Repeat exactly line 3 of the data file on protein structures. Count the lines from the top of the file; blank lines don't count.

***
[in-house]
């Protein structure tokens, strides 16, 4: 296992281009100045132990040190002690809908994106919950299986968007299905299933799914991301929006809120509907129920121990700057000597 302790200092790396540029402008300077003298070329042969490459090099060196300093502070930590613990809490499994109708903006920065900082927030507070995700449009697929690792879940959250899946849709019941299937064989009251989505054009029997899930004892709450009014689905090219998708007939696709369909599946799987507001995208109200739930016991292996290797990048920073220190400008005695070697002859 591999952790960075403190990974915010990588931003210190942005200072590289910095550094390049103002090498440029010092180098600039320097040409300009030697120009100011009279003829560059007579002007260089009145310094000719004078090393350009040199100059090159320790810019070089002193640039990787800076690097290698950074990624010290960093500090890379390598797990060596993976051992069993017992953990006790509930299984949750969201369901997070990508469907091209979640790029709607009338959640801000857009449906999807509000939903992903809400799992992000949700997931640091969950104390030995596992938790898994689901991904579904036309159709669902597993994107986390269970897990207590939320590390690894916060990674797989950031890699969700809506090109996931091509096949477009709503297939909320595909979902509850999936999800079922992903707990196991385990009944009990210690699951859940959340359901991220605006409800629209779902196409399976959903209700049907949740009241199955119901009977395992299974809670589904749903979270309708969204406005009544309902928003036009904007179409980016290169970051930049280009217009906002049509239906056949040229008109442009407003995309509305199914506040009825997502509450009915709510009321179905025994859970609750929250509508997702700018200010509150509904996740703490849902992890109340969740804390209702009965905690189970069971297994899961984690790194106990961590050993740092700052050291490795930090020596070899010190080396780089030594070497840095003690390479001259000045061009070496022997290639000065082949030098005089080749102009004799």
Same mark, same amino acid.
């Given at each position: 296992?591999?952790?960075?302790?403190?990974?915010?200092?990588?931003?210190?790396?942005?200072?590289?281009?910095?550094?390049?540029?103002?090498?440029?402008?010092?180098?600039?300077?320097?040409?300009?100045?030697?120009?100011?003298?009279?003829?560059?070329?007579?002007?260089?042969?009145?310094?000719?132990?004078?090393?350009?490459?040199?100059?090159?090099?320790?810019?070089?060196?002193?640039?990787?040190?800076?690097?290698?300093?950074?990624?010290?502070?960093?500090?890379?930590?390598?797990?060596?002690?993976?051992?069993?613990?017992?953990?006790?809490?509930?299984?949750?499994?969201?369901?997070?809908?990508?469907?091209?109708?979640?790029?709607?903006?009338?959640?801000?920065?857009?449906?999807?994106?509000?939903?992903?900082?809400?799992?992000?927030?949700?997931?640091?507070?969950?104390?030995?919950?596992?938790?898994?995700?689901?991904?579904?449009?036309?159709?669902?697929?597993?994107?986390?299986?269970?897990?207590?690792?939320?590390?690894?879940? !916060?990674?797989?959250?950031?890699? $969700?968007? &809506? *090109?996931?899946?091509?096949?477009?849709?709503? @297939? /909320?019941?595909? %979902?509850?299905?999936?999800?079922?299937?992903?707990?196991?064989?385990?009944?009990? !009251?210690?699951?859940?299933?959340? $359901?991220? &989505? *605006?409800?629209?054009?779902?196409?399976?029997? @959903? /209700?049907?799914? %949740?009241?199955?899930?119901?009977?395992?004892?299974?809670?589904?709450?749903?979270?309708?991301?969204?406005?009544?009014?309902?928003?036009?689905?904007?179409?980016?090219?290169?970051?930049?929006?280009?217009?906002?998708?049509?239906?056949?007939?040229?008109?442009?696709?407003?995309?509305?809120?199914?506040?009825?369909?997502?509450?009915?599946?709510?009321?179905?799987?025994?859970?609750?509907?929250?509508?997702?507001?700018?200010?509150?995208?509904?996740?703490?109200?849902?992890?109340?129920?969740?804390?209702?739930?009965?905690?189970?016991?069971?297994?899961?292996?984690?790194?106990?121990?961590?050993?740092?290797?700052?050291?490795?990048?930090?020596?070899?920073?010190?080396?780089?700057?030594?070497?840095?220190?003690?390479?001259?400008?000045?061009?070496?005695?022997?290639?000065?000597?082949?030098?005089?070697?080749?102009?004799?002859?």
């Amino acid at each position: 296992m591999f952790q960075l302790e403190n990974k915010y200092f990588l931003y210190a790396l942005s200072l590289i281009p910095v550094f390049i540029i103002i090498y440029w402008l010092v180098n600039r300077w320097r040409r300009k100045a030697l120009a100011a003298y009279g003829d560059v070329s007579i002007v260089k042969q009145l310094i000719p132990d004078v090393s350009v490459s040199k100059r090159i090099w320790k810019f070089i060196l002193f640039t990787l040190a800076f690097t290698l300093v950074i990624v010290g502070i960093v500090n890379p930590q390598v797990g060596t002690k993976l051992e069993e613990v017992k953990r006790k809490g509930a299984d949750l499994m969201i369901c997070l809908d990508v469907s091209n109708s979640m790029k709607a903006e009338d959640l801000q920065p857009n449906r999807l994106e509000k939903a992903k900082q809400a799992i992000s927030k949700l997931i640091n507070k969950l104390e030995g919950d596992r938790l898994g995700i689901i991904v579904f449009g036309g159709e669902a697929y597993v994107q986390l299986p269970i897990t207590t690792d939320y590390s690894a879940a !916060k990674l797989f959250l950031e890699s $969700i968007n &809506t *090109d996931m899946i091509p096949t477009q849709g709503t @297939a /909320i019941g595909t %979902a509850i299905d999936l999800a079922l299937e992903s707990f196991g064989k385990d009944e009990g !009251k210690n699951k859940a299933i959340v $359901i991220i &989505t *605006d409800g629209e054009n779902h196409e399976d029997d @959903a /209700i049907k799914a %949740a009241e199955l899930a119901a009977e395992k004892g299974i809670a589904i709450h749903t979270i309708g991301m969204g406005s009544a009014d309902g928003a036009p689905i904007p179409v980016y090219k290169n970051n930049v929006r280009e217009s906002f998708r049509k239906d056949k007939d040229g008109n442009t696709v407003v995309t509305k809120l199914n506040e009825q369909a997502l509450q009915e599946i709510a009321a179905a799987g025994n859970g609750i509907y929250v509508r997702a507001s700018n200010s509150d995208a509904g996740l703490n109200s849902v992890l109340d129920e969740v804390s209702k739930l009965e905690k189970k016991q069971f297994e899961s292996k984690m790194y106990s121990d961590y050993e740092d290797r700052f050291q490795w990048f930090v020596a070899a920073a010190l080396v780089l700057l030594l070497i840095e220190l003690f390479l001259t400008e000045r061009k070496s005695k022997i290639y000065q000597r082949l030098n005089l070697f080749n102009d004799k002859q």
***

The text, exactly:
Same mark, same amino acid.